Genetics

Wilhelm Ludvig Johannsen (1857-1927)

Wilhelm Ludvig Johannsen (1857–1927)

Wilhelm Ludvig Johannsen studied plants and helped found the field of genetics, contributing methods and concepts to the study of heredity around the turn of the twentieth century in Denmark. His experiments on heredity and variation in plants influenced the methods and techniques of geneticists, and his distinction between the genotype of an organism—its hereditary disposition—and its phenotype—its observable characteristics—remains at the core of contemporary biology.

Thomas Hunt Morgan (1866-1945)

<a href="/search?text=Thomas%20Hunt%20Morgan" title="" class="lexicon-term">Thomas Hunt Morgan</a> (1866-1945)

Although best known for his work with the fruit fly, for which he earned a Nobel Prize and the title “The Father of Genetics,” Thomas Hunt Morgan’s contributions to biology reach far beyond genetics. His research explored questions in embryology,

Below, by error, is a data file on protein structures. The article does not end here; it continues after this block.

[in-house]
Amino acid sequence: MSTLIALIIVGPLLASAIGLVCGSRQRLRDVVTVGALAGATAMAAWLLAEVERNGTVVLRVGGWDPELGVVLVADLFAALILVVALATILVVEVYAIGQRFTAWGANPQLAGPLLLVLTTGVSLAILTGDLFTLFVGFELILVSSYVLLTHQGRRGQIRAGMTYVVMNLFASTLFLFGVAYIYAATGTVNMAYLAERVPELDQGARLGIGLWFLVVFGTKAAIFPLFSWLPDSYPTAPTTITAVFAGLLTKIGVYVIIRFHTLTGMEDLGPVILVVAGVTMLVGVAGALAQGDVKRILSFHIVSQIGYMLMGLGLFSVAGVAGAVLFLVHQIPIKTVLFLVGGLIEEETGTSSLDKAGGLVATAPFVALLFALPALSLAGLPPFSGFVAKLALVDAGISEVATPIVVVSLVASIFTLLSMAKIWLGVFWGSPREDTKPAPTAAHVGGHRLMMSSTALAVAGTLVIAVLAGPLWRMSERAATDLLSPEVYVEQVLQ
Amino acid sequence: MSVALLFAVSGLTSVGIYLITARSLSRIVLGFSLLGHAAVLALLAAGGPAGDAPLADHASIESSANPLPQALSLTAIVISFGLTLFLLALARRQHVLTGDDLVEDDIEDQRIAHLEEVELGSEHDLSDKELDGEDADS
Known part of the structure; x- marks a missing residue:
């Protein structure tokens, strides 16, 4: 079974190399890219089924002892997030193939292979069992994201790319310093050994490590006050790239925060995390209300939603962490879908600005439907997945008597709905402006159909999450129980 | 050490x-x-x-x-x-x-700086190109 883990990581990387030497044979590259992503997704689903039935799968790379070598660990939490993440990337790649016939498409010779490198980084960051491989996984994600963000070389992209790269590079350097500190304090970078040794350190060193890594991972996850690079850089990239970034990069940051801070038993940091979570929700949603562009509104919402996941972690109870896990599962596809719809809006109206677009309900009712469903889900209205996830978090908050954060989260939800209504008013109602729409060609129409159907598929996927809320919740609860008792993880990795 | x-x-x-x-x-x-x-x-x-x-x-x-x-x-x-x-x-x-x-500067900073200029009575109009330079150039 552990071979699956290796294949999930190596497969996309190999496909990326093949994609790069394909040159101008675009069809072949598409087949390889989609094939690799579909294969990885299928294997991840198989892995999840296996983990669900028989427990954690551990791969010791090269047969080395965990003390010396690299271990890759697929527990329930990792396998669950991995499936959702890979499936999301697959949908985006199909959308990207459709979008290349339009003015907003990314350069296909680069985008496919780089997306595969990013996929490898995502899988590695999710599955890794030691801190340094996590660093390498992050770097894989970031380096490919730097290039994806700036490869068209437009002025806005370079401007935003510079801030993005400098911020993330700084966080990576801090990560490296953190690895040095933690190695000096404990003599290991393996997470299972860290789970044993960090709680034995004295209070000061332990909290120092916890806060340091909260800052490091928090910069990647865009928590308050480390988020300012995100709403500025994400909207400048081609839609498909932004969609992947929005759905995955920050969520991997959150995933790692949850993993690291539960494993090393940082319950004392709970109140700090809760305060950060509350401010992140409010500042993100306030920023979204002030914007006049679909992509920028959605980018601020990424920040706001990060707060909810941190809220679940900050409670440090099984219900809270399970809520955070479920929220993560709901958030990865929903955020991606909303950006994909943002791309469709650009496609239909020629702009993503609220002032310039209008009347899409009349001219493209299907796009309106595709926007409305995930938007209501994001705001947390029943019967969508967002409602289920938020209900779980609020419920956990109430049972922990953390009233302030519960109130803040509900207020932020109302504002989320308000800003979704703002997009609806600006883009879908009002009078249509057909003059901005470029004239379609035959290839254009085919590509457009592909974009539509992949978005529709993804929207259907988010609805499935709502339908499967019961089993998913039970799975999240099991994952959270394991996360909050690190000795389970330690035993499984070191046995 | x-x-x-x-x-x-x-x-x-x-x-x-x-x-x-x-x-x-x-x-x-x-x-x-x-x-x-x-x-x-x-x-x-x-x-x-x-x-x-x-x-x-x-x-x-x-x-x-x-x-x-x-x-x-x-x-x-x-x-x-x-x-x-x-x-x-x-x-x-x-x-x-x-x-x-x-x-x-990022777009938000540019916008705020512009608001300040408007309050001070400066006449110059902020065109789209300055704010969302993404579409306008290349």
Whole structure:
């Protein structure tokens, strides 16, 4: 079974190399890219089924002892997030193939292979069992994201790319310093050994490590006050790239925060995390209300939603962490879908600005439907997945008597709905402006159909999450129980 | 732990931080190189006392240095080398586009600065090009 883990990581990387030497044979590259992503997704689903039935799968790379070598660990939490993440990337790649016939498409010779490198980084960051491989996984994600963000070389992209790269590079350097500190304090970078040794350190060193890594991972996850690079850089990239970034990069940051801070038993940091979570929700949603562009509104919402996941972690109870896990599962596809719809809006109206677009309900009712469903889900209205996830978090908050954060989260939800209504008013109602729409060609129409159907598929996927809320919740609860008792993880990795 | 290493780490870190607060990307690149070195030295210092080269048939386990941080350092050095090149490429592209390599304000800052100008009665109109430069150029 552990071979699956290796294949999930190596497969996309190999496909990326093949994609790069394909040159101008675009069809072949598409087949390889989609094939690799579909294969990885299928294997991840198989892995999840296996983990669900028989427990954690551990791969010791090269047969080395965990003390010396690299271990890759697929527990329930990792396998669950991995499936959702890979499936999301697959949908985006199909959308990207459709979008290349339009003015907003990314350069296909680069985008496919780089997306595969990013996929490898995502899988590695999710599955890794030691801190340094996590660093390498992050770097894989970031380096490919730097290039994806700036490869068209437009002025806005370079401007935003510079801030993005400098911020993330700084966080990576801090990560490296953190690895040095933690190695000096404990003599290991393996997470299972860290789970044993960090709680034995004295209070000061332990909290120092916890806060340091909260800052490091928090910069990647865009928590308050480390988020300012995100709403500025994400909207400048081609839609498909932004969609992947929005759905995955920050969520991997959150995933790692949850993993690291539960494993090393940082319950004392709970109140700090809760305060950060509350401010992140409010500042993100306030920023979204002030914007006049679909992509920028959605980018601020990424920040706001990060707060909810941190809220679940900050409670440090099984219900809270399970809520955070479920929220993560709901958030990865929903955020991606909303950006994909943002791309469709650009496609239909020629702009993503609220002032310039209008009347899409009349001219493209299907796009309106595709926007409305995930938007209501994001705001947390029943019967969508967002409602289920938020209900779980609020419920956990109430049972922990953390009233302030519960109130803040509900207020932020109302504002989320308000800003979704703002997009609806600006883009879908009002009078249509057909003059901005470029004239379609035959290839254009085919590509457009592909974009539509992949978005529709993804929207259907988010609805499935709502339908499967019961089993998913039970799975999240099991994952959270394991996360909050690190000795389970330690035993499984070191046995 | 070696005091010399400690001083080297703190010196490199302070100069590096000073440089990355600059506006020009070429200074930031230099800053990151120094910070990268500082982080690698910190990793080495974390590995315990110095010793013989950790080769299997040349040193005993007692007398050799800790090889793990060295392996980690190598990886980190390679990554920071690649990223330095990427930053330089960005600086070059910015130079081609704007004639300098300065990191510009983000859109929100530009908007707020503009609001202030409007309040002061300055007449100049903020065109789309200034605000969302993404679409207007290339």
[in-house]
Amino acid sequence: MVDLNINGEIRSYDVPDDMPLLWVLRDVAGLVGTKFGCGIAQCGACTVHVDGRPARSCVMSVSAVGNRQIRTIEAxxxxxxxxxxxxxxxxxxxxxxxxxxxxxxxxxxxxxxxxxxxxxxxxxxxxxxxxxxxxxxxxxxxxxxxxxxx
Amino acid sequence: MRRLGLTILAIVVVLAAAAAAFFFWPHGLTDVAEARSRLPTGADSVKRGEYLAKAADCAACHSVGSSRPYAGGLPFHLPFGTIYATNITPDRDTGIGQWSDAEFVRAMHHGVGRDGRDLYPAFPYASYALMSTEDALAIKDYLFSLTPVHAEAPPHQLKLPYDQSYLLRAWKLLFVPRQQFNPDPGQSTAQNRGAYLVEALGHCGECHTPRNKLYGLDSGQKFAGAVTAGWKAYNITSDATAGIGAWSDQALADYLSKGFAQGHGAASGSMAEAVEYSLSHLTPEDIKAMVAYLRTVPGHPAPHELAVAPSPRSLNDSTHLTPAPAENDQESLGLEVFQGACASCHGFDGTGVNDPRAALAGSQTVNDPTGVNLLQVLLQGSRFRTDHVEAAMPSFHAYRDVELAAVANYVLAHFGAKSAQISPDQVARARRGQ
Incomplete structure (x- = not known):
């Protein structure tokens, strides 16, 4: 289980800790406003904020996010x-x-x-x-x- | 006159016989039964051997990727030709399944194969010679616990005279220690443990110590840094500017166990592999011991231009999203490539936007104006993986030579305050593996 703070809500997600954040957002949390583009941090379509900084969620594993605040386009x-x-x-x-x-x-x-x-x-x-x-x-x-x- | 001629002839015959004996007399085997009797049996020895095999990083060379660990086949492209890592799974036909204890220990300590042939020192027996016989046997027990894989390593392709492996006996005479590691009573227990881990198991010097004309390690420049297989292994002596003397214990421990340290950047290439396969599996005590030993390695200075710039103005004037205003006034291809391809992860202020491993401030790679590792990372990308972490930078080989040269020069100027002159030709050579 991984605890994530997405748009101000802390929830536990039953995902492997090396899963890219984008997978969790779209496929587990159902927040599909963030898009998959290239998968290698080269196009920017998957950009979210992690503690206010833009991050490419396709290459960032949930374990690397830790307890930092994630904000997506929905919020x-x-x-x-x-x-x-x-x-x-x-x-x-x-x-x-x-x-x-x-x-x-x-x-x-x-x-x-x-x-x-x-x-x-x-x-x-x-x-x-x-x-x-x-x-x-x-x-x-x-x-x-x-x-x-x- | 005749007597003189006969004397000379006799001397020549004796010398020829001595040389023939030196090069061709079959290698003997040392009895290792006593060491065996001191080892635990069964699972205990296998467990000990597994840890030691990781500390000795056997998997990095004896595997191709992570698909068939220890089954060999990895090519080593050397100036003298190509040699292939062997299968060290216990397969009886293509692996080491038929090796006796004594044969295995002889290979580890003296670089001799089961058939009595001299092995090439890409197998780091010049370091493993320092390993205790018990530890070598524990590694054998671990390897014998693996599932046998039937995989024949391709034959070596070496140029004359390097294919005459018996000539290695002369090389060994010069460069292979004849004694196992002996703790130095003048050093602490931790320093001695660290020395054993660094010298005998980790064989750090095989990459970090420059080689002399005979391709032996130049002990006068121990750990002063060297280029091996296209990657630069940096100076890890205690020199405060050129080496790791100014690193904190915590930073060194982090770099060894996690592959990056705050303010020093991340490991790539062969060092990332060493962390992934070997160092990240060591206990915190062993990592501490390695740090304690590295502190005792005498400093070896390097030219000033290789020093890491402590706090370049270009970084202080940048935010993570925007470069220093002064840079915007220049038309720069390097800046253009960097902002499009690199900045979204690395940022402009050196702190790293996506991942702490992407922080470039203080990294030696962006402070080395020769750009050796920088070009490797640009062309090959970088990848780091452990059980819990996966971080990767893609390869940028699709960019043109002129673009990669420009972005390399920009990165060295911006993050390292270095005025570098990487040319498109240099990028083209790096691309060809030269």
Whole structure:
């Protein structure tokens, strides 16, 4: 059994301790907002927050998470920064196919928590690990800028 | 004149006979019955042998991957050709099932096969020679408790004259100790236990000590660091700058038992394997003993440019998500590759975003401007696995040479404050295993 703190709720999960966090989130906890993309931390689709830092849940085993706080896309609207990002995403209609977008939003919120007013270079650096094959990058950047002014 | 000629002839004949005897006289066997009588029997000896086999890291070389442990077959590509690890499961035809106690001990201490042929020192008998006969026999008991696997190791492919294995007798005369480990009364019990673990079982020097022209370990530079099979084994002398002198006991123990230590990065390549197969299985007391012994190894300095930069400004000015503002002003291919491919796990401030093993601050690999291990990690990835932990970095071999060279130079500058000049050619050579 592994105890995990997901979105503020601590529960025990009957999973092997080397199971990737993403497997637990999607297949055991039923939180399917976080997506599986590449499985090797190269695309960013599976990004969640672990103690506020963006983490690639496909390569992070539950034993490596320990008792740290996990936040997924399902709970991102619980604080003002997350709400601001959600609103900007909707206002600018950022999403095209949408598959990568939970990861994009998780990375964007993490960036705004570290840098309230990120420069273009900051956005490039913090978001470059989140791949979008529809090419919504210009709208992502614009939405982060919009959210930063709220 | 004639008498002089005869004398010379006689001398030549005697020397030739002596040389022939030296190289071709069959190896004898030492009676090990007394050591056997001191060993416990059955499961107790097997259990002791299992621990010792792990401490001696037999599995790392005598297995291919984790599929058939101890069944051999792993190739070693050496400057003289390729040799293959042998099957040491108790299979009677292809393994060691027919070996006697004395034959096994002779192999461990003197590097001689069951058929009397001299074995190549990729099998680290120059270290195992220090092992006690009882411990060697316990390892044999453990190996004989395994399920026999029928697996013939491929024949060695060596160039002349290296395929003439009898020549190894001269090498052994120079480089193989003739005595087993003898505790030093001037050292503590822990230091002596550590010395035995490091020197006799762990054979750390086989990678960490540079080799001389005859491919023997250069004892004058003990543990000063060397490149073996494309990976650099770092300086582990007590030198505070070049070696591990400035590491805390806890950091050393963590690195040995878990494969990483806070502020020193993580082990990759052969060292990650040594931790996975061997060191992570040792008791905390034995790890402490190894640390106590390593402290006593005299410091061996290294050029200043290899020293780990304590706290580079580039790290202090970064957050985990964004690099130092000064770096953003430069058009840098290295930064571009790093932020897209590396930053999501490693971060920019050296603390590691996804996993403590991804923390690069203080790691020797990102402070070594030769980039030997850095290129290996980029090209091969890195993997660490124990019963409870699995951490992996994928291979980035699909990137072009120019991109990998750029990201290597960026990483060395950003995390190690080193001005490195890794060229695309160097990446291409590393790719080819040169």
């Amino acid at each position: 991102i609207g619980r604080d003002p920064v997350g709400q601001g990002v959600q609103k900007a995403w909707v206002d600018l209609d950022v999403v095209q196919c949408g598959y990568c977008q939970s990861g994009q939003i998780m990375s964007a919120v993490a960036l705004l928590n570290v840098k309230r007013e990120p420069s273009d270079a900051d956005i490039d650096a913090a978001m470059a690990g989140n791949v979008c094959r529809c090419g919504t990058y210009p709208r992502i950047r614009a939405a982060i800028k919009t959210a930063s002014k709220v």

Wilhelm Johannsen's Genotype-Phenotype Distinction

Wilhelm Johannsen's Genotype-Phenotype Distinction

Wilhelm Johannsen first proposed the distinction between genotype and phenotype in the study of heredity while working in Denmark in 1909. The distinction is between the hereditary dispositions of organisms (their genotypes) and the ways in which those dispositions manifest themselves in the physical characteristics of those organisms (their phenotypes).

The French Flag Model

<a href="/search?text=The%20French%20Flag%20Model" title="" class="lexicon-term">The French Flag Model</a>

The French flag model represents how embryonic cells receive and respond to genetic information and subsequently differentiate into patterns.

Cystic Fibrosis

Cystic Fibrosis

Cystic fibrosis (CF) is a fatal, inherited disease found in humans and characterized by buildup of thick, sticky mucus, particularly in the respiratory and digestive tracts. The abnormally thick mucus prevents the pancreas from functioning normally; it often leads to digestive problems and chronic lung infections.

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